1 He was too hard for him directly, to say the Troth on't before Corioles, he scotcht him, and notcht him like a Carbinado

2 And hee had bin Cannibally giuen, hee might haue boyld and eaten him too

1 But more of thy Newes

3 Why he is so made on heere within, as if hee were Son and Heire to Mars, set at vpper end o'th' Table: No question askt him by any of the Senators, but they stand bald before him. Our Generall himselfe makes a Mistris of him, Sanctifies himselfe with's hand, and turnes vp the white o'th' eye to his Discourse. But the bottome of the Newes is, our Generall is cut i'th' middle, & but one halfe of what he was yesterday. For the other ha's halfe, by the intreaty and graunt of the whole Table. Hee'l go he sayes, and sole the Porter of Rome Gates by th' eares. He will mowe all downe before him, and leaue his passage poul'd

2 And he's as like to do't, as any man I can imagine

3 Doo't? he will doo't: for look you sir, he has as many Friends as Enemies: which Friends sir as it were, durst not (looke you sir) shew themselues (as we terme it) his Friends, whilest he's in Directitude

1 Directitude? What's that? 3 But when they shall see sir, his Crest vp againe, and the man in blood, they will out of their Burroughes (like Conies after Raine) and reuell all with him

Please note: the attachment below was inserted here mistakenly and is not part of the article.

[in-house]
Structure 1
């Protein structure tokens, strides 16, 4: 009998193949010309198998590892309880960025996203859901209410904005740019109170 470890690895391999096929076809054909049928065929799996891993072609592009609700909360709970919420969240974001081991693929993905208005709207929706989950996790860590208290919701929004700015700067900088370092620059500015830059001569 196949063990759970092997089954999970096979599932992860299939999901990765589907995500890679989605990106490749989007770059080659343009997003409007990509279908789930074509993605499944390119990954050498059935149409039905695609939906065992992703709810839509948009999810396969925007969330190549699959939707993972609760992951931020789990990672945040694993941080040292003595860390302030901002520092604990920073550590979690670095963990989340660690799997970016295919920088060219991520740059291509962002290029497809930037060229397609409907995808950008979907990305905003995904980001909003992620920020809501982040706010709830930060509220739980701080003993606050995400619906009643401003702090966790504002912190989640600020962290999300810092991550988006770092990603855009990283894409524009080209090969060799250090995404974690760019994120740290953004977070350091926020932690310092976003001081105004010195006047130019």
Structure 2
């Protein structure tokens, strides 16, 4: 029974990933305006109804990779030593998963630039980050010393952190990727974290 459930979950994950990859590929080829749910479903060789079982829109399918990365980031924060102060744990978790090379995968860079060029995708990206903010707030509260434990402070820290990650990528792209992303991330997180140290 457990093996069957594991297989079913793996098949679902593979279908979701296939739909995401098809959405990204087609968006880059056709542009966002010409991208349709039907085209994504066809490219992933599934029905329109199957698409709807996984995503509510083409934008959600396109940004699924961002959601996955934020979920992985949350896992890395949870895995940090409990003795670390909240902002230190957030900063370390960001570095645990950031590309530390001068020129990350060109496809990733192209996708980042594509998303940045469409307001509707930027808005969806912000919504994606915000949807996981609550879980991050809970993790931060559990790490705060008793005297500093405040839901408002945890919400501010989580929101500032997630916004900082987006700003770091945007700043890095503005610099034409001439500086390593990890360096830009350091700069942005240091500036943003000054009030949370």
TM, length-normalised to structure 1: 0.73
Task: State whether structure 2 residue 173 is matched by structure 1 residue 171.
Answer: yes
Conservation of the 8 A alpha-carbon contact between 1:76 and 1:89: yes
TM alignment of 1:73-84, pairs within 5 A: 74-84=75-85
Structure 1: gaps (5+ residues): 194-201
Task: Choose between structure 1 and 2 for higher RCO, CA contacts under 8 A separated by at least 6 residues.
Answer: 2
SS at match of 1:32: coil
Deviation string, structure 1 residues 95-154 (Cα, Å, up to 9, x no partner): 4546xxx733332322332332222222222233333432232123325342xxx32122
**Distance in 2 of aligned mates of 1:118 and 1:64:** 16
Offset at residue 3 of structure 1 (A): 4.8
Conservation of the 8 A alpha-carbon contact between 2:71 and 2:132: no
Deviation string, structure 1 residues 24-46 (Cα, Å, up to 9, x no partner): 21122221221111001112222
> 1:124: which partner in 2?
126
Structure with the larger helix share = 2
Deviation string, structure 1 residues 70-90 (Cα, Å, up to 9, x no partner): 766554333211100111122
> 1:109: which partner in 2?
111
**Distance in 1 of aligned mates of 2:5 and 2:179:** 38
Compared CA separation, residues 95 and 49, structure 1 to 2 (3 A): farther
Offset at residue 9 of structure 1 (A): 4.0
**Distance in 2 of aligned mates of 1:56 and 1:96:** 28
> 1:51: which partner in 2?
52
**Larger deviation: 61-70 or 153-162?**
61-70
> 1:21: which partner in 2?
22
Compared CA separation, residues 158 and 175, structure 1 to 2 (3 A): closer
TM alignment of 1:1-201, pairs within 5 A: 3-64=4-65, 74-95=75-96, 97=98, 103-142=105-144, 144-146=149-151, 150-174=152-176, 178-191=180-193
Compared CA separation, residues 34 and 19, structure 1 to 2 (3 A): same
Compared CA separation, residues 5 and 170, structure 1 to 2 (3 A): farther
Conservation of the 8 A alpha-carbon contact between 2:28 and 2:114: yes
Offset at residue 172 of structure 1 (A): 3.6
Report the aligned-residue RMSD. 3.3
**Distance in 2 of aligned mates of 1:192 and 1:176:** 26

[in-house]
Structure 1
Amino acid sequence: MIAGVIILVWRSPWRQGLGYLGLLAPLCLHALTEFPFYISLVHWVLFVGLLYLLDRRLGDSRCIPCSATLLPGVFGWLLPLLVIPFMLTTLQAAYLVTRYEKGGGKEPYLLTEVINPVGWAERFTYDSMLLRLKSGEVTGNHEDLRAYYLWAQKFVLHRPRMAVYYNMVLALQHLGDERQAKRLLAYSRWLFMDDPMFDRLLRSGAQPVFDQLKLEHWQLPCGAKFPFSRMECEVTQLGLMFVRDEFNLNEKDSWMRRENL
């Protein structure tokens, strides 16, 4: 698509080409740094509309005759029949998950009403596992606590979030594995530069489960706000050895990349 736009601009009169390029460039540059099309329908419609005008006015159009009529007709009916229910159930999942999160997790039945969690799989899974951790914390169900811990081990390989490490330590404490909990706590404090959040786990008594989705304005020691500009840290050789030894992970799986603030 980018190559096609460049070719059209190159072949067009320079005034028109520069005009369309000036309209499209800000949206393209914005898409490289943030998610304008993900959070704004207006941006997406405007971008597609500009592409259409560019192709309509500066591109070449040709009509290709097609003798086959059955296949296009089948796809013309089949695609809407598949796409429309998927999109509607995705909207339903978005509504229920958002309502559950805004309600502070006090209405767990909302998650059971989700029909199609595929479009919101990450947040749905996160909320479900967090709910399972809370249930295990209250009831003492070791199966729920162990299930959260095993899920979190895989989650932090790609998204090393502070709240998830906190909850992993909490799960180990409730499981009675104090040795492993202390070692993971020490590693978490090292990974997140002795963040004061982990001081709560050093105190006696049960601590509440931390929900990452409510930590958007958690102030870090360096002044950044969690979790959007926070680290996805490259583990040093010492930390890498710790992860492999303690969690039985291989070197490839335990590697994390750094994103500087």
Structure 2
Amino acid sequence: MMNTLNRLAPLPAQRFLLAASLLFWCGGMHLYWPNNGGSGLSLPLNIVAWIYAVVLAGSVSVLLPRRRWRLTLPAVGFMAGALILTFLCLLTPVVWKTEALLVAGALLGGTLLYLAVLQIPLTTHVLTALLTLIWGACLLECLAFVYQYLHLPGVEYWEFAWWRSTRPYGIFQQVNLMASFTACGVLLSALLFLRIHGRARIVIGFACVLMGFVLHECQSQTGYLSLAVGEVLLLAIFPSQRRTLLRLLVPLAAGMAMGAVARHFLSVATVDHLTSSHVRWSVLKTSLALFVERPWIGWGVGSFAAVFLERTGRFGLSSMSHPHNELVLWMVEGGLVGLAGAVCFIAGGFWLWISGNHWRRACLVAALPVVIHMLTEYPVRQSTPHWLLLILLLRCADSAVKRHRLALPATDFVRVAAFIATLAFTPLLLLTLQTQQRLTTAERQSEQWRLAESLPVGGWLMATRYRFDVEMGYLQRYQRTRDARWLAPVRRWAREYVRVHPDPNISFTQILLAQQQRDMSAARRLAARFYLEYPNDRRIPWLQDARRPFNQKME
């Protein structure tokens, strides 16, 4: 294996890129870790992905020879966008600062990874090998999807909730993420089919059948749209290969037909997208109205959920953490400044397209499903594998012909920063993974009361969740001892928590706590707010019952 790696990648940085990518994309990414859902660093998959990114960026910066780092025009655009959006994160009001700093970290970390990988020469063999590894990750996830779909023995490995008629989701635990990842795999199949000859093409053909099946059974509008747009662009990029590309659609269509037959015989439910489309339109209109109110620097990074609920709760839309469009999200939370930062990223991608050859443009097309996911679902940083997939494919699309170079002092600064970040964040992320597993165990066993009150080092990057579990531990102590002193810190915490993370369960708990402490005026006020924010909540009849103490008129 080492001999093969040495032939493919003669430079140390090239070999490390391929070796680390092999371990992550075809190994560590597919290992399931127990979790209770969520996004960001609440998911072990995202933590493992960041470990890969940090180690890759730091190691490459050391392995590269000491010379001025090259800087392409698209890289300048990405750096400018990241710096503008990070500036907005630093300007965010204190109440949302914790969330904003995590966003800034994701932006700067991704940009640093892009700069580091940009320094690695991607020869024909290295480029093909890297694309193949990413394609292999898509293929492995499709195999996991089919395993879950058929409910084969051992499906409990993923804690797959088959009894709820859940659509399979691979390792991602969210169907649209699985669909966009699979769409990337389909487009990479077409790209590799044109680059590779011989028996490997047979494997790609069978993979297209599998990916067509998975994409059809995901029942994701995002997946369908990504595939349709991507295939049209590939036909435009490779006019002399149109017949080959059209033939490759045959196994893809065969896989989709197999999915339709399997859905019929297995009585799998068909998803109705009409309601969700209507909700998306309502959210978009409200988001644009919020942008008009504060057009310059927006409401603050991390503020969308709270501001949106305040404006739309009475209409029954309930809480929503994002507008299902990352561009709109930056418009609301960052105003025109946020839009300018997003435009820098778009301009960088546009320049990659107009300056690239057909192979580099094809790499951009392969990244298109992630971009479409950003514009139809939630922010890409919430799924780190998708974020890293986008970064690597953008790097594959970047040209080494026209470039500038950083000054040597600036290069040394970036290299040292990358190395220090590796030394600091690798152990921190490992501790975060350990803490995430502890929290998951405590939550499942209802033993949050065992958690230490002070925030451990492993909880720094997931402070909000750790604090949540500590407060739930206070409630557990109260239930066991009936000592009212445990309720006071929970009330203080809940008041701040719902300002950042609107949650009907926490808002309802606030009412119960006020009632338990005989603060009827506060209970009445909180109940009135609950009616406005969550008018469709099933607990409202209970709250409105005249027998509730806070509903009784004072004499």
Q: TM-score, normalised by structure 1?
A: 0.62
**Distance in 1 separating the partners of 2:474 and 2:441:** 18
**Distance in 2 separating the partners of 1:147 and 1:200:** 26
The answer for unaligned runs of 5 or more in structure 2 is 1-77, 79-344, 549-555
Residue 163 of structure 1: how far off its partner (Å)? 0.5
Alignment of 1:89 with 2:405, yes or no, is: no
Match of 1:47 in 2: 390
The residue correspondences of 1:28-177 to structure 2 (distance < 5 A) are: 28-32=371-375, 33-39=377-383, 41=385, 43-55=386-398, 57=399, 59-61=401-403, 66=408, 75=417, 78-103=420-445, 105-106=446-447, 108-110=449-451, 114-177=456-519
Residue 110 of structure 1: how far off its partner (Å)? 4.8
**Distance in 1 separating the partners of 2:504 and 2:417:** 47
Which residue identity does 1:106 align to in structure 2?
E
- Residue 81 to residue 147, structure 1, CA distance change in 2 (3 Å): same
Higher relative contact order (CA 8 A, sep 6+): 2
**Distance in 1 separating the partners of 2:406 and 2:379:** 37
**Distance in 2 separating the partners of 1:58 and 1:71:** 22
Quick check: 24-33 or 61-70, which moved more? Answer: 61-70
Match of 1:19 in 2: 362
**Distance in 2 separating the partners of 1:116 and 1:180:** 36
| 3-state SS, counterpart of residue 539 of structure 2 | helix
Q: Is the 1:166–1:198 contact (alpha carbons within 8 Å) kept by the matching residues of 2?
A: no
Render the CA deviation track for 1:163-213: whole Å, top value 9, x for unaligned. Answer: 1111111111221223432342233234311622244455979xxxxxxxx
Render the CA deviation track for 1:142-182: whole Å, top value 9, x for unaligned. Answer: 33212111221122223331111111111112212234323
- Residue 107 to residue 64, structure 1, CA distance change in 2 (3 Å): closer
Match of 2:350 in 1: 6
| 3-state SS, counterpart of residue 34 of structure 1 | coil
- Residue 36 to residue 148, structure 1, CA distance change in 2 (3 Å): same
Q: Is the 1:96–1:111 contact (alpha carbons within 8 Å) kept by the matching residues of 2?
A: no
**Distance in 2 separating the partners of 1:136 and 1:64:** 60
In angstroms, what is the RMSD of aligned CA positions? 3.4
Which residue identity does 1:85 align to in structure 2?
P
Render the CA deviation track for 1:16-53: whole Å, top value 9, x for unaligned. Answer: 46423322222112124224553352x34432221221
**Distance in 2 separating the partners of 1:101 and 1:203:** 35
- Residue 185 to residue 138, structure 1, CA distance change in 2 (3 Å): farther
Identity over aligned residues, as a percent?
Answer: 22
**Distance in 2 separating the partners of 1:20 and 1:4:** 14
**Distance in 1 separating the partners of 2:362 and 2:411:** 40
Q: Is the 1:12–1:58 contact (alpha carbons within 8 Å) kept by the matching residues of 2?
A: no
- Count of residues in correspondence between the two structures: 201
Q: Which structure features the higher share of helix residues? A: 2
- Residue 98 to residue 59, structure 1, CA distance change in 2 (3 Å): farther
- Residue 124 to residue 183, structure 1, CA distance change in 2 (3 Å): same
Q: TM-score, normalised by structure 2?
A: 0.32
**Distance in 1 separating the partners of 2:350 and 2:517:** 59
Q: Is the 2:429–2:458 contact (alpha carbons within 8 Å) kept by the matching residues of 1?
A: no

1 But when goes this forward: 3 To morrow, to day, presently, you shall haue the Drum strooke vp this afternoone: 'Tis as it were a parcel of their Feast, and to be executed ere they wipe their lips

2 Why then wee shall haue a stirring World againe: This peace is nothing, but to rust Iron, encrease Taylors, and breed Ballad-makers

1 Let me haue Warre say I, it exceeds peace as farre as day do's night: It's sprightly walking, audible, and full of Vent. Peace, is a very Apoplexy, Lethargie, mull'd, deafe, sleepe, insensible, a getter of more bastard Children, then warres a destroyer of men

2 'Tis so, and as warres in some sort may be saide to be a Rauisher, so it cannot be denied, but peace is a great maker of Cuckolds

1 I, and it makes men hate one another

3 Reason, because they then lesse neede one another: The Warres for my money. I hope to see Romanes as cheape as Volcians. They are rising, they are rising

Both. In, in, in, in.


Enter the two Tribunes, Sicinius, and Brutus.

Sicin. We heare not of him, neither need we fear him, His remedies are tame, the present peace, And quietnesse of the people, which before Were in wilde hurry. Heere do we make his Friends Blush, that the world goes well: who rather had, Though they themselues did suffer by't, behold Dissentious numbers pestring streets, then see Our Tradesmen singing in their shops, and going About their Functions friendly. Enter Menenius.

Bru. We stood too't in good time. Is this Menenius? Sicin. 'Tis he, 'tis he: O he is grown most kind of late: Haile Sir

Mene. Haile to you both

Sicin. Your Coriolanus is not much mist, but with his Friends: the Commonwealth doth stand, and so would do, were he more angry at it

Mene. All's well, and might haue bene much better, if he could haue temporiz'd

Sicin. Where is he, heare you? Mene. Nay I heare nothing: His Mother and his wife, heare nothing from him. Enter three or foure Citizens.

All. The Gods preserue you both

Sicin. Gooden our Neighbours

Bru. Gooden to you all, gooden to you all

William Shakespeare
Classic Literature Library

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